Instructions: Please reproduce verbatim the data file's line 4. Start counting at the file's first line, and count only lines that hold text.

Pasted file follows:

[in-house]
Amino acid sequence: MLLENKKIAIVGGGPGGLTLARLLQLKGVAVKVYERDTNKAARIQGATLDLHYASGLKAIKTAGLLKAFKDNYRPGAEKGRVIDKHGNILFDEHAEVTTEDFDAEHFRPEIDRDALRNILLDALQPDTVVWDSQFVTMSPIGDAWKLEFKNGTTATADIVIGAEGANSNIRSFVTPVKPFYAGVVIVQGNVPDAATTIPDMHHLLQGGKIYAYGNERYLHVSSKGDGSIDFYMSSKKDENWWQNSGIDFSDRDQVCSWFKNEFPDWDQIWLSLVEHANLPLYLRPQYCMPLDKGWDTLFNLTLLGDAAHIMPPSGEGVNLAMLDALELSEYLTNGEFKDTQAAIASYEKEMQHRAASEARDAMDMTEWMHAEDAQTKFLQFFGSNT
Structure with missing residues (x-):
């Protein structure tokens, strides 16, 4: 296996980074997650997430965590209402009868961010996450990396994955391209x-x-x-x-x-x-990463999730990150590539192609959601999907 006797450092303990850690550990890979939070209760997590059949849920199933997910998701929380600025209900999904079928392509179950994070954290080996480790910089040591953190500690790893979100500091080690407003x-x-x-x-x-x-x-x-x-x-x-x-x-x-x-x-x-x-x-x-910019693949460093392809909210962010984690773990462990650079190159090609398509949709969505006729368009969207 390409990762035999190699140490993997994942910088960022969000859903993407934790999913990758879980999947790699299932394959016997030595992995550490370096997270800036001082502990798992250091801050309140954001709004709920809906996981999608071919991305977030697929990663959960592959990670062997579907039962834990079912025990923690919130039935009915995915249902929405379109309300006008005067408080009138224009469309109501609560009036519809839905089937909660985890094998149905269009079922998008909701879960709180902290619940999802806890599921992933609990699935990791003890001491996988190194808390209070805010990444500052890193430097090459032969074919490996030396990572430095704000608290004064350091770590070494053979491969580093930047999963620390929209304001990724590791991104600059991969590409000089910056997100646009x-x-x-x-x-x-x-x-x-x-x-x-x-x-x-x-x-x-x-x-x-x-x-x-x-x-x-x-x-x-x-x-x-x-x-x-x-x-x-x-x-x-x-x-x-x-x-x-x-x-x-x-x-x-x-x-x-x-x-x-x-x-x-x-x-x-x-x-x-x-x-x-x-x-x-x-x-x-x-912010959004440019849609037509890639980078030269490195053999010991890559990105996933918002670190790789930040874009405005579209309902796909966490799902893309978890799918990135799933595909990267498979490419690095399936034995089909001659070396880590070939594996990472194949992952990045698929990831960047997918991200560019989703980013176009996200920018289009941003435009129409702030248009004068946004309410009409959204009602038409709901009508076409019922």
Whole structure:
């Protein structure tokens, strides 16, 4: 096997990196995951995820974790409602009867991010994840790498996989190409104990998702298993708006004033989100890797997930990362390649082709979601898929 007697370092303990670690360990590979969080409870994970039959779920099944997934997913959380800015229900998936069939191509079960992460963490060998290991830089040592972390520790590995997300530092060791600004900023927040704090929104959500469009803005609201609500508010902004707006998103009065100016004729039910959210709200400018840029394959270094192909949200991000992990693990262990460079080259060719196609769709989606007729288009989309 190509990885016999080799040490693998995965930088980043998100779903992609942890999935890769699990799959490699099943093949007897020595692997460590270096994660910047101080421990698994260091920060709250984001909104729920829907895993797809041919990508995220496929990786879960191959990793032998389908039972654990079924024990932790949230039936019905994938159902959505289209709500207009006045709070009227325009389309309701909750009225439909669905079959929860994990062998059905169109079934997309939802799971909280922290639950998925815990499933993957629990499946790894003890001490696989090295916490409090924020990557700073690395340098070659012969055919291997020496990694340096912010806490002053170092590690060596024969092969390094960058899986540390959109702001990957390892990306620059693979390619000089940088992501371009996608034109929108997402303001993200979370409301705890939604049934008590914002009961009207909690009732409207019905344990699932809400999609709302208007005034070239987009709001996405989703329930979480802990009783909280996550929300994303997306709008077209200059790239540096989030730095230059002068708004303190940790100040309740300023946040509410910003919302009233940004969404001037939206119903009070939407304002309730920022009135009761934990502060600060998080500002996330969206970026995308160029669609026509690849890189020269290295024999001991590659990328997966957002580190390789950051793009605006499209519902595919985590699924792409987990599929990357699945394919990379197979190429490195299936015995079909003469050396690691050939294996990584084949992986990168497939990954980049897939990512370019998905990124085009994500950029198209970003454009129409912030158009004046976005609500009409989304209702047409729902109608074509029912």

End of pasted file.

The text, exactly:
């Protein structure tokens, strides 16, 4: 296996980074997650997430965590209402009868961010996450990396994955391209x-x-x-x-x-x-990463999730990150590539192609959601999907 006797450092303990850690550990890979939070209760997590059949849920199933997910998701929380600025209900999904079928392509179950994070954290080996480790910089040591953190500690790893979100500091080690407003x-x-x-x-x-x-x-x-x-x-x-x-x-x-x-x-x-x-x-x-910019693949460093392809909210962010984690773990462990650079190159090609398509949709969505006729368009969207 390409990762035999190699140490993997994942910088960022969000859903993407934790999913990758879980999947790699299932394959016997030595992995550490370096997270800036001082502990798992250091801050309140954001709004709920809906996981999608071919991305977030697929990663959960592959990670062997579907039962834990079912025990923690919130039935009915995915249902929405379109309300006008005067408080009138224009469309109501609560009036519809839905089937909660985890094998149905269009079922998008909701879960709180902290619940999802806890599921992933609990699935990791003890001491996988190194808390209070805010990444500052890193430097090459032969074919490996030396990572430095704000608290004064350091770590070494053979491969580093930047999963620390929209304001990724590791991104600059991969590409000089910056997100646009x-x-x-x-x-x-x-x-x-x-x-x-x-x-x-x-x-x-x-x-x-x-x-x-x-x-x-x-x-x-x-x-x-x-x-x-x-x-x-x-x-x-x-x-x-x-x-x-x-x-x-x-x-x-x-x-x-x-x-x-x-x-x-x-x-x-x-x-x-x-x-x-x-x-x-x-x-x-x-912010959004440019849609037509890639980078030269490195053999010991890559990105996933918002670190790789930040874009405005579209309902796909966490799902893309978890799918990135799933595909990267498979490419690095399936034995089909001659070396880590070939594996990472194949992952990045698929990831960047997918991200560019989703980013176009996200920018289009941003435009129409702030248009004068946004309410009409959204009602038409709901009508076409019922």